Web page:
The staff of CFN heard what sounded liked the Greased Lightnin' car barreling through the parking lot on Feb. 28.
CFN's chief photographer hopped into his trusty blue pickup truck earlier that day and started her up.
"Much to my surprise, it was louder than the stock car racers down by the river," the photographer said.
He stormed into the newsroom and declared, "You're not going to believe this, but somebody stole my damn catalytic converter!"
A CFN investigation of the crime scene revealed a clean cut underneath the truck, in addition to a loud-ass roar emanating from the Ole Blue's underbelly. The incident occurred between 11:45 a.m. and 4 p.m. that day.
Just down the street on Feb. 18, a catalytic converter was swiped from a vehicle parked at N.W. 36th Street and N. Classen Boulevard, according to the victim. That President's Day pilfering occurred during lunchtime in broad daylight. We're not making this up.
Three suspects, who appeared to be broken down on 36th, raised the hood on their vehicle in that incident. Another suspect allegedly laid down next to an adjacent pickup truck, according to the victim.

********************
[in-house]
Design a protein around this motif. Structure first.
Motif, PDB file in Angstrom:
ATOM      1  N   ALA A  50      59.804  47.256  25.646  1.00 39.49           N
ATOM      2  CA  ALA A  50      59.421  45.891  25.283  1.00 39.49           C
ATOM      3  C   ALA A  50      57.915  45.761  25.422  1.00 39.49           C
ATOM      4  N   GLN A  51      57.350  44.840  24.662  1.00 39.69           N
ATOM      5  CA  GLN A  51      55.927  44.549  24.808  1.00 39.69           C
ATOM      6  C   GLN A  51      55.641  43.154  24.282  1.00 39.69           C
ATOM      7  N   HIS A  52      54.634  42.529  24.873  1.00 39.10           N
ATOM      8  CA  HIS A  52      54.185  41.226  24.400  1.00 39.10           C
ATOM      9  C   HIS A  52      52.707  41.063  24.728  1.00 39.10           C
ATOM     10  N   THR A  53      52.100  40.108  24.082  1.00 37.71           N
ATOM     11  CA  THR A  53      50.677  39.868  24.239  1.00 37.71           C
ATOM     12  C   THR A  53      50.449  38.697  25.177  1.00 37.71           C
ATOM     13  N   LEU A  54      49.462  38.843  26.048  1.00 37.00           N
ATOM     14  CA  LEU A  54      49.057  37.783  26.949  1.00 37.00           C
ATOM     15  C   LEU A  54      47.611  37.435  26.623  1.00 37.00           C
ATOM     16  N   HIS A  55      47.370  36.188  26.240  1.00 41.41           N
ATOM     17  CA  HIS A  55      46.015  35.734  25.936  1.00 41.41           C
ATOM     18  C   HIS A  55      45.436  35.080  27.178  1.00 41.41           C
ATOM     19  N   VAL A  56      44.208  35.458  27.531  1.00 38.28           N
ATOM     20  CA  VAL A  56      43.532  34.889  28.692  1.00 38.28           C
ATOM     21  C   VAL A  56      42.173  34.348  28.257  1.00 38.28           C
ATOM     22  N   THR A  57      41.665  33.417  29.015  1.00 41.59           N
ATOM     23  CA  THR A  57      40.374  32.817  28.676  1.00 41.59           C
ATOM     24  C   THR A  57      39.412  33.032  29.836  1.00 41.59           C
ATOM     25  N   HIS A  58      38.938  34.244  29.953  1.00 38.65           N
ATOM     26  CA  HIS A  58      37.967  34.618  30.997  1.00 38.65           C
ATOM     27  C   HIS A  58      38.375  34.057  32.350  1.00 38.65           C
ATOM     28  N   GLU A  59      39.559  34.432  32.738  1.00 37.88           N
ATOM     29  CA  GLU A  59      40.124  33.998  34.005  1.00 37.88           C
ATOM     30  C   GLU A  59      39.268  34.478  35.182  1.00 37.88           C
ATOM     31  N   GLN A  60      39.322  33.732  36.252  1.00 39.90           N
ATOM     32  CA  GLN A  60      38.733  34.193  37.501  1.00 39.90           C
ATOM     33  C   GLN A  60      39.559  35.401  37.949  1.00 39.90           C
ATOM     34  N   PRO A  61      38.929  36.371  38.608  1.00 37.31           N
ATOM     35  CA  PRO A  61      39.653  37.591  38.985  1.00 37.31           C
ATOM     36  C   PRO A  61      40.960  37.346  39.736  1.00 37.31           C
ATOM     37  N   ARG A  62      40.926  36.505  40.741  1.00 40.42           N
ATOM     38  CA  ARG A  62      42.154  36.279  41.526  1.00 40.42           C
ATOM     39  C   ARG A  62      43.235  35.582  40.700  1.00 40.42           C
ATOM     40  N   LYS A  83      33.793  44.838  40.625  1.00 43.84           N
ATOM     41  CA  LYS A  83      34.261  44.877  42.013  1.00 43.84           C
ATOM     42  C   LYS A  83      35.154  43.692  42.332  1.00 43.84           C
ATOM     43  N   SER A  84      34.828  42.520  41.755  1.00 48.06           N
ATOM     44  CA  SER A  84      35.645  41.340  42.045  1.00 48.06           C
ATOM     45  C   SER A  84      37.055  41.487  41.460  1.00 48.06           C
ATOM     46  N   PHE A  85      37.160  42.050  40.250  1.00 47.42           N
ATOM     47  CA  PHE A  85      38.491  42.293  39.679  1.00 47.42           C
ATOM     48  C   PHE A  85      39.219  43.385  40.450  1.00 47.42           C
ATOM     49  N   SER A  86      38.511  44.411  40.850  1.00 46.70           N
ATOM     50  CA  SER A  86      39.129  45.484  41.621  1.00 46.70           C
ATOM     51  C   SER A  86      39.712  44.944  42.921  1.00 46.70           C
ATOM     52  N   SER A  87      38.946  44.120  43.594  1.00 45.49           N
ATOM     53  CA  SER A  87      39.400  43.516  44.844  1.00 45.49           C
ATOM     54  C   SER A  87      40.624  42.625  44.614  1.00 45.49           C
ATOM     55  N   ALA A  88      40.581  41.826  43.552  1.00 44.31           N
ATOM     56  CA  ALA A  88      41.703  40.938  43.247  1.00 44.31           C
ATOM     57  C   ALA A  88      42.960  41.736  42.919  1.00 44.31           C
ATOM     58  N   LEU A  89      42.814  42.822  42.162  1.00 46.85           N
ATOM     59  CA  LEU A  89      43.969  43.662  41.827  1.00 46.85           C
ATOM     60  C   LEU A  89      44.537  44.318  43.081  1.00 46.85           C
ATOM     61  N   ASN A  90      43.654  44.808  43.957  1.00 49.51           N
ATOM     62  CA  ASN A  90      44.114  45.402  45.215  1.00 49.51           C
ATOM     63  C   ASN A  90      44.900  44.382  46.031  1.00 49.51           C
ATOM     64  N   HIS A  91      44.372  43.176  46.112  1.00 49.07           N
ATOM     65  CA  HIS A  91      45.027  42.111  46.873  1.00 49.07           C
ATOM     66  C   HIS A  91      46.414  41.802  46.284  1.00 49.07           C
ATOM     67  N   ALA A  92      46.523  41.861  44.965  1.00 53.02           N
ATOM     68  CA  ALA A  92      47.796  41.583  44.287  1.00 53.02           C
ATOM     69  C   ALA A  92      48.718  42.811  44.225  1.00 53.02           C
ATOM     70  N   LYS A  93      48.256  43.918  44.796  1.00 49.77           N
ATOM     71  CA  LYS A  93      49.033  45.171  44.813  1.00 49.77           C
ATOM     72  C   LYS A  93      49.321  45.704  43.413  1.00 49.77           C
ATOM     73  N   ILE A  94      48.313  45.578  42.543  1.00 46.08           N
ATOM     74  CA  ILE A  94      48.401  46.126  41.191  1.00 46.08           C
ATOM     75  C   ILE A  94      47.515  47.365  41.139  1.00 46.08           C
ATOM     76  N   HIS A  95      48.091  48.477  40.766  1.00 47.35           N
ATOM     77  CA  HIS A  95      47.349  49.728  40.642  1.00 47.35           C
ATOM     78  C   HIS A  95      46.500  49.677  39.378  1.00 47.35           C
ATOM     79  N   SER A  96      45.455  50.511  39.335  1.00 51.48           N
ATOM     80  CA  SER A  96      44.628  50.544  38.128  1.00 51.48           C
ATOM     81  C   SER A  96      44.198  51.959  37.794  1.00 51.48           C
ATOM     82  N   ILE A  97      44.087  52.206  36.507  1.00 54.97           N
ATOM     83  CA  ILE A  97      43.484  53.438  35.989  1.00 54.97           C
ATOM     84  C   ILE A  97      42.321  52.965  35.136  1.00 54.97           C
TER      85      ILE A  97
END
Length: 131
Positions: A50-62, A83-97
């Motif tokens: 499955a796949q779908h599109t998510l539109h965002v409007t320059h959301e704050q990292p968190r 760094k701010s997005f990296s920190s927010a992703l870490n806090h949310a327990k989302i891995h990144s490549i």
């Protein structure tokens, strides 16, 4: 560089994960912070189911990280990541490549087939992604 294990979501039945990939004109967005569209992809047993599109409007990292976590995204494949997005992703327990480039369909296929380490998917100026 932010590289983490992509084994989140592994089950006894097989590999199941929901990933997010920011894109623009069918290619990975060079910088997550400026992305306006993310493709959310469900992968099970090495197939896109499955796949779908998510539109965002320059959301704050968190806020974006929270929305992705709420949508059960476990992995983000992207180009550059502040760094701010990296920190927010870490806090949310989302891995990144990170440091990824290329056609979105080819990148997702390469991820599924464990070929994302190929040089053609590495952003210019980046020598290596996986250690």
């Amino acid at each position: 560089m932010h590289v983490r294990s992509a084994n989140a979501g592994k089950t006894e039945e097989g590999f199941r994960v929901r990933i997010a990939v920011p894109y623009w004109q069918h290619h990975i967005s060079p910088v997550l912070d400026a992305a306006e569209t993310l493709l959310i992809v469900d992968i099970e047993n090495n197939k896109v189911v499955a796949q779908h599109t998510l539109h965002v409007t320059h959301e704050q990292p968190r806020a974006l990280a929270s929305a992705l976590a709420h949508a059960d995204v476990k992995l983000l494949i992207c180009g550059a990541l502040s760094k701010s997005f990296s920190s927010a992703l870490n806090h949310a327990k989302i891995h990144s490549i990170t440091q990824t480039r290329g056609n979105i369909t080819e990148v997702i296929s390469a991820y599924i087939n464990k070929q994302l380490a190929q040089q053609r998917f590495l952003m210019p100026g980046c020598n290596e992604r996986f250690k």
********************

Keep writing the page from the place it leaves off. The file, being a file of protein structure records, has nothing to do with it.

"That person had a cutting tool, cut off the converter, hopped back into the vehicle and sped off," the victim said, noting that those suspects have not been apprehended. "Talking to local auto shops, thieves are mainly targeting foreign pickups from the late Nineties because those vehicles are loaded up with platinum. A girl on my block is running straight pipes after she got tagged recently."
This form of thievery isn't unique to Crown Heights. In a separate and apparently unrelated story, The Oklahoman reported two men were arrested Feb. 17 near the 500 block of S. Broadway in Edmond on complaints of possessing catalytic converters that allegedly had been stolen from automobiles. According to a police report, a cordless reciprocating saw was discovered, along with seven catalytic converters, in the suspects' vehicle. - Gazette staff